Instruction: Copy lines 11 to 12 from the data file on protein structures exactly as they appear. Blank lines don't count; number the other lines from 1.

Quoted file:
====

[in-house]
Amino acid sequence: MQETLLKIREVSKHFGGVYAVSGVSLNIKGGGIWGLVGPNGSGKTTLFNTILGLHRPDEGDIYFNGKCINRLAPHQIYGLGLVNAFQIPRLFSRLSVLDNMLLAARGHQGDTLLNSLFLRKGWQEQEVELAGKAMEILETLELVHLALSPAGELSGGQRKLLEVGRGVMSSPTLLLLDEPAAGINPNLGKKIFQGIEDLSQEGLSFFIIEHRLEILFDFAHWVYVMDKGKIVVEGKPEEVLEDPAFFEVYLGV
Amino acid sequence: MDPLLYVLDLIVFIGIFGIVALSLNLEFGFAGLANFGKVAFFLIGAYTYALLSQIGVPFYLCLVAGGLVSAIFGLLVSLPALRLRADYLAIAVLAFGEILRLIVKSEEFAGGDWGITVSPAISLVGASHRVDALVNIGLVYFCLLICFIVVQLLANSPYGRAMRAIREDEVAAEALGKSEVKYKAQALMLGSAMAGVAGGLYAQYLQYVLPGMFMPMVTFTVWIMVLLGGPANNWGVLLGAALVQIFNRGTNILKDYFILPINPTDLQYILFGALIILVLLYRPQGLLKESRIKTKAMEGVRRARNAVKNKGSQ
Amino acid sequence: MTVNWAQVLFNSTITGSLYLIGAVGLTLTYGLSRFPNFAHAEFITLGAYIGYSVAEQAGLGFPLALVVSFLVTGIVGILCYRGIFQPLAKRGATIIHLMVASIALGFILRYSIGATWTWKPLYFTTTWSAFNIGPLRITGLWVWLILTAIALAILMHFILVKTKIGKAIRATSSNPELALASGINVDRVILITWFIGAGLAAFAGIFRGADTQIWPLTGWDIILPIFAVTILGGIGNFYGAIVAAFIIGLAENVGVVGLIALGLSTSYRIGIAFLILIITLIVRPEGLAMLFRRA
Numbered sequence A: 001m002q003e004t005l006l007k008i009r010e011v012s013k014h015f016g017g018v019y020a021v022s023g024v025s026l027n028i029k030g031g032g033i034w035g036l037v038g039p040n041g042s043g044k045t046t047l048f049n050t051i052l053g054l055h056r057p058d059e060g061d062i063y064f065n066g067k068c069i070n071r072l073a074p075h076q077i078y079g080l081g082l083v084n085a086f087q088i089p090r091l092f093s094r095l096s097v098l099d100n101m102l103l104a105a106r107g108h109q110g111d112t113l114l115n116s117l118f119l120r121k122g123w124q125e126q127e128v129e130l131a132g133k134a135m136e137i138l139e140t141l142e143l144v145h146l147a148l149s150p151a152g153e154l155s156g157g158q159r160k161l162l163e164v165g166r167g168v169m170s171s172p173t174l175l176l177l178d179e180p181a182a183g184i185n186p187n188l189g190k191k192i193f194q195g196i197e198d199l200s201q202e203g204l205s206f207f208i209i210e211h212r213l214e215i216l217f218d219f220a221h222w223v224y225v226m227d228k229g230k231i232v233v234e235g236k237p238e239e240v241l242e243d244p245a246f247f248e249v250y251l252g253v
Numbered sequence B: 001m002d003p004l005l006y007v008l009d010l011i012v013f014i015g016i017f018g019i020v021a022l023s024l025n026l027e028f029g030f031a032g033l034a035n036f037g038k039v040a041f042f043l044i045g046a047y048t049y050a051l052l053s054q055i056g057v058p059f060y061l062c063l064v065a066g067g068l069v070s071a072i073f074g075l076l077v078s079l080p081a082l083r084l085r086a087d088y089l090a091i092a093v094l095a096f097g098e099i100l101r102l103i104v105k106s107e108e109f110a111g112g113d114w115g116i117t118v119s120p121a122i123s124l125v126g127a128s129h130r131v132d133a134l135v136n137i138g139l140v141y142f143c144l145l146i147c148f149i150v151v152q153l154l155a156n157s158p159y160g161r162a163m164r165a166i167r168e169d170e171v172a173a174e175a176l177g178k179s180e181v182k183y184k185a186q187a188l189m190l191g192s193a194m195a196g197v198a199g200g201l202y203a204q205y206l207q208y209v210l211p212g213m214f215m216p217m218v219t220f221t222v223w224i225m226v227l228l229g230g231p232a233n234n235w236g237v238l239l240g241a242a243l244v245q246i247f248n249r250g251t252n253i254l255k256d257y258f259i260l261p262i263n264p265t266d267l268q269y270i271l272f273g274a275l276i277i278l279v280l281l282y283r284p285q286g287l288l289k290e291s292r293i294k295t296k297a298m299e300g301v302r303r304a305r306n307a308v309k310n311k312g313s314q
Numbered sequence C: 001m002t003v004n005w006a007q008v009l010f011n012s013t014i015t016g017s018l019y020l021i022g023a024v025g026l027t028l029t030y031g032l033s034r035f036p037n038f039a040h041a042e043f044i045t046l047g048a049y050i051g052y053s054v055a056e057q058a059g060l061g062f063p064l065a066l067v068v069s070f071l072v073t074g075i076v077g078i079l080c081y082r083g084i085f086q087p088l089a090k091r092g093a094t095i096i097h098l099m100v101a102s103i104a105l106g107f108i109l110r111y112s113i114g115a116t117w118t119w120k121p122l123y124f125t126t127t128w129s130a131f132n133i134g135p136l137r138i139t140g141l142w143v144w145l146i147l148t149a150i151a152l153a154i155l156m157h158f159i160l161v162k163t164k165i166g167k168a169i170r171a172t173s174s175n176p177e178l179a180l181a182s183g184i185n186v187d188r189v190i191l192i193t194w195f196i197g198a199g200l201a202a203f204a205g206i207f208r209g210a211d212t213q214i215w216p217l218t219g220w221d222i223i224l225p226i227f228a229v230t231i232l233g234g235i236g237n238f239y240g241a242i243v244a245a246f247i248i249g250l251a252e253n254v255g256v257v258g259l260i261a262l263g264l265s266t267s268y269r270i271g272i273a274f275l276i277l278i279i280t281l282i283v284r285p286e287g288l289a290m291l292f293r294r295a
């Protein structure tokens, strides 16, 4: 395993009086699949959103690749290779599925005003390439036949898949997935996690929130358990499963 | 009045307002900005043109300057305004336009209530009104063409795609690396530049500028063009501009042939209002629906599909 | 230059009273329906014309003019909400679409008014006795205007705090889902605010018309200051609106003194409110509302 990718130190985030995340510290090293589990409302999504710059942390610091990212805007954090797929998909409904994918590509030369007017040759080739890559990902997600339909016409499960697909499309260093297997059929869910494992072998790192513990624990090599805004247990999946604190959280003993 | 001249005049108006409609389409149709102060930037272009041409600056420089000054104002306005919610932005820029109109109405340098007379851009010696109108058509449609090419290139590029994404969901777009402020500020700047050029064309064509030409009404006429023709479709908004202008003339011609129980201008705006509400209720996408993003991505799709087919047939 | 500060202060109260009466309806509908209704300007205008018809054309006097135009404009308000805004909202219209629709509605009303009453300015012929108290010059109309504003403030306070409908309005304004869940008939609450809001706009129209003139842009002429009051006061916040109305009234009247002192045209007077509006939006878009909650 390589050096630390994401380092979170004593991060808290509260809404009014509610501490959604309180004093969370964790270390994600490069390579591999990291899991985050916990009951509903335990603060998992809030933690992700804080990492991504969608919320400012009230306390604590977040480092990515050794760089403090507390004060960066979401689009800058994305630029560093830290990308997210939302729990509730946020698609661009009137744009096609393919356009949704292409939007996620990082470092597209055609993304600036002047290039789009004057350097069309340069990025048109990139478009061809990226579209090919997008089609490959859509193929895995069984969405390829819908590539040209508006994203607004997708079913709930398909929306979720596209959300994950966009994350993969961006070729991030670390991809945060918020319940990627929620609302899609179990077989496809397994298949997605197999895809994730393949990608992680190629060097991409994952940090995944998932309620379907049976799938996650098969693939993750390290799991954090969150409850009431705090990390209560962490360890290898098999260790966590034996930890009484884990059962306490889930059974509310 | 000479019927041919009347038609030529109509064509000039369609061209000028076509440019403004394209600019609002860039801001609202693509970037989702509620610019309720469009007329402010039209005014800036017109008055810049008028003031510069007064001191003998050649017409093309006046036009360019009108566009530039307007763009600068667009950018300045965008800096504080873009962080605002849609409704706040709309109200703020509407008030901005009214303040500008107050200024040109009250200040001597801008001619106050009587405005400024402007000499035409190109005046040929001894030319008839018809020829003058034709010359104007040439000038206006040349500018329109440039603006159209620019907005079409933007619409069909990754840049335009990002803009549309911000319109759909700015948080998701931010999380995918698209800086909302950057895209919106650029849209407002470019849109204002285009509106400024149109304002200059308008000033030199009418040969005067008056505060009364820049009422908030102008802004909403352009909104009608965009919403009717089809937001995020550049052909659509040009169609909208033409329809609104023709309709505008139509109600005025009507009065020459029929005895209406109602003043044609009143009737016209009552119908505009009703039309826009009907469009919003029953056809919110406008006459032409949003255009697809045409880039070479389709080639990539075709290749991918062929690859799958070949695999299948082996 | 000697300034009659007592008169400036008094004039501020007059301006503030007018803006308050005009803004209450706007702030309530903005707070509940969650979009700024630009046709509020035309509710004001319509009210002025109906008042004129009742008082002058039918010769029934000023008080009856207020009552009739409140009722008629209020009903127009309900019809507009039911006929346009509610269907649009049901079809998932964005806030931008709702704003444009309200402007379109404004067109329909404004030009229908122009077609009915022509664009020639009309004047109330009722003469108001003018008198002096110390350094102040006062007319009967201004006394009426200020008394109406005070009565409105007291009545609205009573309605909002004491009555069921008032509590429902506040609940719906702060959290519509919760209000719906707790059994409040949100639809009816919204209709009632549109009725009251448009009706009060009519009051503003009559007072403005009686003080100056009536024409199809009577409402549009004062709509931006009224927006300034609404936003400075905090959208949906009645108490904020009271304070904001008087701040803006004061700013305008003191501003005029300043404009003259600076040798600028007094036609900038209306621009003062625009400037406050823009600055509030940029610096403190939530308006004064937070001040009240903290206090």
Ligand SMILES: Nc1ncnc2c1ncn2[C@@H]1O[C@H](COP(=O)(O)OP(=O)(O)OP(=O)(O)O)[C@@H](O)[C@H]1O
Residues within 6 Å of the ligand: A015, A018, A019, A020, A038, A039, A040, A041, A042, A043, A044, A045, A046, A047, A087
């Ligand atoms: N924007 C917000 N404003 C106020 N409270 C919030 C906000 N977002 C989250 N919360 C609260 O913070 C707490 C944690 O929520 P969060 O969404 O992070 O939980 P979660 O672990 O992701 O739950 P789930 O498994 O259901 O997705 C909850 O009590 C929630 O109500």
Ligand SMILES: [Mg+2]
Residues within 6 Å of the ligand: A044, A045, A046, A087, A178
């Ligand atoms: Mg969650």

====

């Ligand atoms: N924007 C917000 N404003 C106020 N409270 C919030 C906000 N977002 C989250 N919360 C609260 O913070 C707490 C944690 O929520 P969060 O969404 O992070 O939980 P979660 O672990 O992701 O739950 P789930 O498994 O259901 O997705 C909850 O009590 C929630 O109500």
Ligand SMILES: [Mg+2]